The Nuu-chah-nulth Tribal Council says the provincial government needs to do more to protect B.C.’s remaining ancient forests for both cultural and environmental reasons.
Nuu-chah-nulth territory on the west coast of Vancouver Island is home to some of the province’s largest remaining old-growth trees.
But tribal council president Judith Sayers says the province needs to stop — or at least slow down — the rate at which they are disappearing.
“Our whole lives really, and a lot of our spirituality, is wrapped up in the forests,” she said.
Nuu-chah-nulth Nations use old-growth yellow and red cedar for traditional purposes, such as canoes, totem poles and long houses.
Other nations often come to Nuu-chah-nulth territory for access to ancient cedar because it is no longer available in their own regions, Sayers said.
Current logging practices also have a negative impact on salmon-bearing streams in the territory, she added.
There are protections in place, through parks and wilderness areas, for about 55 per cent of the 3.2 million hectares of old-growth forests. On Vancouver Island that translates into roughly 520,000 hectares where logging is off limits.
Environmental groups have been pressuring the government to expand restrictions on old-growth logging and shift the industry entirely to second-growth trees. But old-growth trees are more valuable.
Rights and title
A number of Nuu-Chah-Nulth Nations do have timber harvesting businesses, and some are involved in land-use planning as signatories to the Maa-Nulth Treaty signed between five First Nations and the federal and provincial governments.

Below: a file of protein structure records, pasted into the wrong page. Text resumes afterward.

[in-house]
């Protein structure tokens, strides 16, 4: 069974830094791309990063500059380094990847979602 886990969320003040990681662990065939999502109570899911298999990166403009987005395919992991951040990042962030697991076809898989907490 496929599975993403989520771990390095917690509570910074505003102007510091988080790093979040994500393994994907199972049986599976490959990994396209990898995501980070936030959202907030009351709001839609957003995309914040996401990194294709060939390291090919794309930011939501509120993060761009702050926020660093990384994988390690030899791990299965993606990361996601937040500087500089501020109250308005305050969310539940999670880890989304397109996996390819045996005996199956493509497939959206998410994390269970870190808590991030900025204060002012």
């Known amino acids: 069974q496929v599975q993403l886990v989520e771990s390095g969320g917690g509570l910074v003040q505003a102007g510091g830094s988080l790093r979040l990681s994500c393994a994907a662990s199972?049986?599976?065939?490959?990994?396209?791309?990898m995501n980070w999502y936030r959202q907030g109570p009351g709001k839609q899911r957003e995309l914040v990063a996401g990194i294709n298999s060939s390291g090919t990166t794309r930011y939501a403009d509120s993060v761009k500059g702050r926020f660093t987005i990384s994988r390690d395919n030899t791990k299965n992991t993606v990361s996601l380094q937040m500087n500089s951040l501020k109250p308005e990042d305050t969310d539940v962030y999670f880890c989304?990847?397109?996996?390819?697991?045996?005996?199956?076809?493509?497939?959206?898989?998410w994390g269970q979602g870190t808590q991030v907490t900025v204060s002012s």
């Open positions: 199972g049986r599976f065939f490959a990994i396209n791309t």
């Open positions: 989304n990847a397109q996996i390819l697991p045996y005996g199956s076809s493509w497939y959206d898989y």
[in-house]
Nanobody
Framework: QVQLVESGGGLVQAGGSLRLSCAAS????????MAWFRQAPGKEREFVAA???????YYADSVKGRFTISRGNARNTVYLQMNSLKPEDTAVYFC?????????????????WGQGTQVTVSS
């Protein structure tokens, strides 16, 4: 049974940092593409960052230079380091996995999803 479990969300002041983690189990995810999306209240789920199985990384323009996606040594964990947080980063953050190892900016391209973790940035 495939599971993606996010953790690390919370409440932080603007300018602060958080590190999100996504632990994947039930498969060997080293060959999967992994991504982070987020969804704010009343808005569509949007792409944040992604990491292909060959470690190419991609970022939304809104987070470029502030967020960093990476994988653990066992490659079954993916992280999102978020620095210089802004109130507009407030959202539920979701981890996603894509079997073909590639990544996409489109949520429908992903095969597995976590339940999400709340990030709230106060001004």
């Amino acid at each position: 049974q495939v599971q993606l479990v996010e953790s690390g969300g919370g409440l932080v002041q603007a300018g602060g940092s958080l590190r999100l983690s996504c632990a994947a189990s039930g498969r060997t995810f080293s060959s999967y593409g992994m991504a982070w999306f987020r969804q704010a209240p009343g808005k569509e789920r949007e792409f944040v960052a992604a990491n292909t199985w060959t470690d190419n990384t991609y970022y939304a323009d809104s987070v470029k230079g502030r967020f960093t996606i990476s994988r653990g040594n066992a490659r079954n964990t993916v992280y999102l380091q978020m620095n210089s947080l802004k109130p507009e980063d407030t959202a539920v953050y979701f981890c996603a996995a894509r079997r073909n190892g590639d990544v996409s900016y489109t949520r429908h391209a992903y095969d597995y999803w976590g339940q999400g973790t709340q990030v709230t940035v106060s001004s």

But they work to preserve old-growth, Sayers said, while calling on the province to ensure other forestry companies do the same, especially in light of outstanding issues around Indigenous rights and title.
“These are our territories. We have title to these lands. We still haven’t resolved that title,” she said.
The province is in the process of modernizing its land use planning policies.
In a statement, the Ministry of Forest, Lands, Natural Resource Operations and Rural Development said it recognizes the close connection Indigenous communities have to old-growth forests.
It said it is committed to working with First Nations to sustainably manage ecosystems.
Read the original story here.